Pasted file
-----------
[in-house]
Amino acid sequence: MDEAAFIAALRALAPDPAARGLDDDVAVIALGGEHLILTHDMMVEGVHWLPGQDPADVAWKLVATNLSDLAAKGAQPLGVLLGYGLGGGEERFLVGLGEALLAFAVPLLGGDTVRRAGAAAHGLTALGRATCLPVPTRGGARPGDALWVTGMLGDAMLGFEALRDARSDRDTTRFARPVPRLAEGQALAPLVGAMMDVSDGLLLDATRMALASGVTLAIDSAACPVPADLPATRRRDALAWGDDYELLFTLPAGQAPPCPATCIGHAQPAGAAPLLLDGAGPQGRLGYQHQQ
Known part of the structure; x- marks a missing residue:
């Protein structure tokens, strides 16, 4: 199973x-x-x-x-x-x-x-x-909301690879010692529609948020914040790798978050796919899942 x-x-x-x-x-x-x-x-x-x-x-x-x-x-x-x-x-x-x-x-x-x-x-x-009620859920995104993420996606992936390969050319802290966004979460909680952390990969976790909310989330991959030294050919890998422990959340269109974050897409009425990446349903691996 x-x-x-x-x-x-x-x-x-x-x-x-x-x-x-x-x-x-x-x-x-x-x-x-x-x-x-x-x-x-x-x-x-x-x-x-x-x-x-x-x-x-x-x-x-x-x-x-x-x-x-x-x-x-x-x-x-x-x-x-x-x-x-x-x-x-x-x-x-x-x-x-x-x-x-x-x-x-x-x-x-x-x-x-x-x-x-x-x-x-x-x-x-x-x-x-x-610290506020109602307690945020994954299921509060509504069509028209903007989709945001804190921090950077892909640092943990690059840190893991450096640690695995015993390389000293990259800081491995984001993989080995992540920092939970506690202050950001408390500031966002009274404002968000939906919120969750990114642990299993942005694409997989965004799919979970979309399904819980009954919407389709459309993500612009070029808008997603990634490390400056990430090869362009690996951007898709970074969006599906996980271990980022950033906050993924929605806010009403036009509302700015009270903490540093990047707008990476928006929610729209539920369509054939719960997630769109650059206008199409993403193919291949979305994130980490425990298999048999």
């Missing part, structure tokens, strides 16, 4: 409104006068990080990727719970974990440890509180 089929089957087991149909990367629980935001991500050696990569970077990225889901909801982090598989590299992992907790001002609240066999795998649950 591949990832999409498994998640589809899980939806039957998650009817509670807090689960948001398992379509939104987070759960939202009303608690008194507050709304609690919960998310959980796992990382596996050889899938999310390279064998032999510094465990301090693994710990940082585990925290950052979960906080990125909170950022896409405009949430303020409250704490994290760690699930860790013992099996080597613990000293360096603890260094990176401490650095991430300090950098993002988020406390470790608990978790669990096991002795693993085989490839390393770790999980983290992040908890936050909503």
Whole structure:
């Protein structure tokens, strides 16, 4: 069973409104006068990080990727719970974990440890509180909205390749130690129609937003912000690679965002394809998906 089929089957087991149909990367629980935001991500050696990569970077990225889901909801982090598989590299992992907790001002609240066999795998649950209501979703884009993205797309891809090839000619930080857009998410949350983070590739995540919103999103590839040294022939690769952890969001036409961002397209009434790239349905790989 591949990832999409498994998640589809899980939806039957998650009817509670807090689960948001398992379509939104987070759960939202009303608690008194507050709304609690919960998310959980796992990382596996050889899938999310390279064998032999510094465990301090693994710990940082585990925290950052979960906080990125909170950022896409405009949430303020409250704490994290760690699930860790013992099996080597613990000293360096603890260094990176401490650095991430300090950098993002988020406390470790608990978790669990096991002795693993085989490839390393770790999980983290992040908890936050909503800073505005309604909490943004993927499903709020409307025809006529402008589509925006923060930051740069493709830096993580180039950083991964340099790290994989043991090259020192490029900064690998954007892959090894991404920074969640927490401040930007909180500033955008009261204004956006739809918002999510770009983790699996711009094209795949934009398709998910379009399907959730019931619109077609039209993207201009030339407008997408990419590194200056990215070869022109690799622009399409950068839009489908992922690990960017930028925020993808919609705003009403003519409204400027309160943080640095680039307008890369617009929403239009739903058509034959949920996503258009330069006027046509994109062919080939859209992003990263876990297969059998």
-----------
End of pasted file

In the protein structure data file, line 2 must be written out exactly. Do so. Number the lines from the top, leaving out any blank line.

Amino acid sequence: MDEAAFIAALRALAPDPAARGLDDDVAVIALGGEHLILTHDMMVEGVHWLPGQDPADVAWKLVATNLSDLAAKGAQPLGVLLGYGLGGGEERFLVGLGEALLAFAVPLLGGDTVRRAGAAAHGLTALGRATCLPVPTRGGARPGDALWVTGMLGDAMLGFEALRDARSDRDTTRFARPVPRLAEGQALAPLVGAMMDVSDGLLLDATRMALASGVTLAIDSAACPVPADLPATRRRDALAWGDDYELLFTLPAGQAPPCPATCIGHAQPAGAAPLLLDGAGPQGRLGYQHQQ